|Genre||Novel (207 pp.)|
|Keywords||Acculturation, Children, Cross-Cultural Issues, Death and Dying, Family Relationships, Father-Son Relationship, Grief, Human Worth, Love, Memory, Mourning, Racism, Spirituality, Suffering|
Tama, a young Maori man who works as a clerk in Wellington, receives word that his father has died. He flies home to northern New Zealand, participates with his mother and siblings in his father's wake and funeral, then returns to Wellington to collect his belongings. As the eldest son, he is now responsible for the family and must return to the family farm. The story begins on the morning that Tama catches the train to Wellington; the events of the preceding week flash back and forward through his consciousness during the long, lonely railroad trip.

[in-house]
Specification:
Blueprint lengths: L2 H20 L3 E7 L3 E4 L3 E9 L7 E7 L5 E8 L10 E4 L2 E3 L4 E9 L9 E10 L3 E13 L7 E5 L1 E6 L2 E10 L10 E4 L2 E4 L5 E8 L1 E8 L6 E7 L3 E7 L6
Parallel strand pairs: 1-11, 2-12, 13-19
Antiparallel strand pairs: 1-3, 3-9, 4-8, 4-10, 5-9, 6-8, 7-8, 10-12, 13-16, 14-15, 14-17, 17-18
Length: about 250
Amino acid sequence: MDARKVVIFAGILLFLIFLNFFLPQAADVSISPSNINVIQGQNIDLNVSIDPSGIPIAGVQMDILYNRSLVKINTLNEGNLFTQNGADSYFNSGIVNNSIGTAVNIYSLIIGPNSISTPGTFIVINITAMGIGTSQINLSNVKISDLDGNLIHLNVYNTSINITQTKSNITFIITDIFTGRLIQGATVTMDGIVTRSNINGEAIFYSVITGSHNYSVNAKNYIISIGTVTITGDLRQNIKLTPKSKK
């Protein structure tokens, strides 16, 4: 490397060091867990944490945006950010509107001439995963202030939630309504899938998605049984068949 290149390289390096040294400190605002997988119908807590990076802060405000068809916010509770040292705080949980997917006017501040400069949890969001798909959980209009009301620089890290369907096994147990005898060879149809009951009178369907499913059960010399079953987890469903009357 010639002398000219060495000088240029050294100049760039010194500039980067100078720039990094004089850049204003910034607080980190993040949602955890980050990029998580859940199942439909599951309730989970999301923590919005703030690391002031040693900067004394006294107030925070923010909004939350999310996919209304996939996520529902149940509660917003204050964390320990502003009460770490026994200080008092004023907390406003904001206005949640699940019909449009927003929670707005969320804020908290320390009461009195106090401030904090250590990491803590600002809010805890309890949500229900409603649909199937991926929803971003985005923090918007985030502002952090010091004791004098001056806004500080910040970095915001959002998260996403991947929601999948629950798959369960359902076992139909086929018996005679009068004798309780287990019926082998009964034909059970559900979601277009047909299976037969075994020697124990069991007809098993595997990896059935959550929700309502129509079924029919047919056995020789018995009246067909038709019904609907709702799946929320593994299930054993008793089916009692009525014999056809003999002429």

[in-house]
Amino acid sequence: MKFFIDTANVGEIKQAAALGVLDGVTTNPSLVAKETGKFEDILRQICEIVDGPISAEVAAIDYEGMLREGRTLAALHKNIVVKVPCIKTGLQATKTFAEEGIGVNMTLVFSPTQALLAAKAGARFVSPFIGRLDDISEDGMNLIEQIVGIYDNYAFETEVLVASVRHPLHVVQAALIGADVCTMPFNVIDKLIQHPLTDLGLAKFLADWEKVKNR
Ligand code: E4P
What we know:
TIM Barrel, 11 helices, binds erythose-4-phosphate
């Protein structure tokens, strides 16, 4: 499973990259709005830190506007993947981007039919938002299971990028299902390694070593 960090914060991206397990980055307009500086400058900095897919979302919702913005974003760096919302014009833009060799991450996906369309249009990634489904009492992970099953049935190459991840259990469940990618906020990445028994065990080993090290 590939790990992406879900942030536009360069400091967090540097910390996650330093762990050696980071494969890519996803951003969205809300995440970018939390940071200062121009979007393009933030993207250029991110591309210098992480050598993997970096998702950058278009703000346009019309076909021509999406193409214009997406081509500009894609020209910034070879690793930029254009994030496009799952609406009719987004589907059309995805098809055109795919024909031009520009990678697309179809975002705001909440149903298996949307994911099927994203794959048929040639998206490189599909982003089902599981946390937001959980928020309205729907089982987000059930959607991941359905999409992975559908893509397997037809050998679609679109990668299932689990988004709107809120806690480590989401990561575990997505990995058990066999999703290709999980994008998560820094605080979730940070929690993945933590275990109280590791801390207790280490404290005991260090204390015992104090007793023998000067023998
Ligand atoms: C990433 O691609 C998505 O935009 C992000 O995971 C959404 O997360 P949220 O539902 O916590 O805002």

This 1973 novel was one of the first works of fiction ever published by a Maori writer. Although the book utilizes a fairly complex stream-of-consciousness technique, the story is very simple. As he returns from the funeral, a young man examines his relationships with his family and dead father. He unquestioningly affirms the concept of family solidarity and his organic relationship with the land. This edition also contains Whanau, Ihimaera's second novel, which deals with the clash between Maori and Pakeha (white) values in a rural family.
|Source||Tangi & Whanau|
|Publisher||Secker & Warburg|
|Place Published||Auckland, New Zealand|
|Miscellaneous||First published: 1973|
|Annotated by||Coulehan, Jack|
|Date of Entry||01/24/00|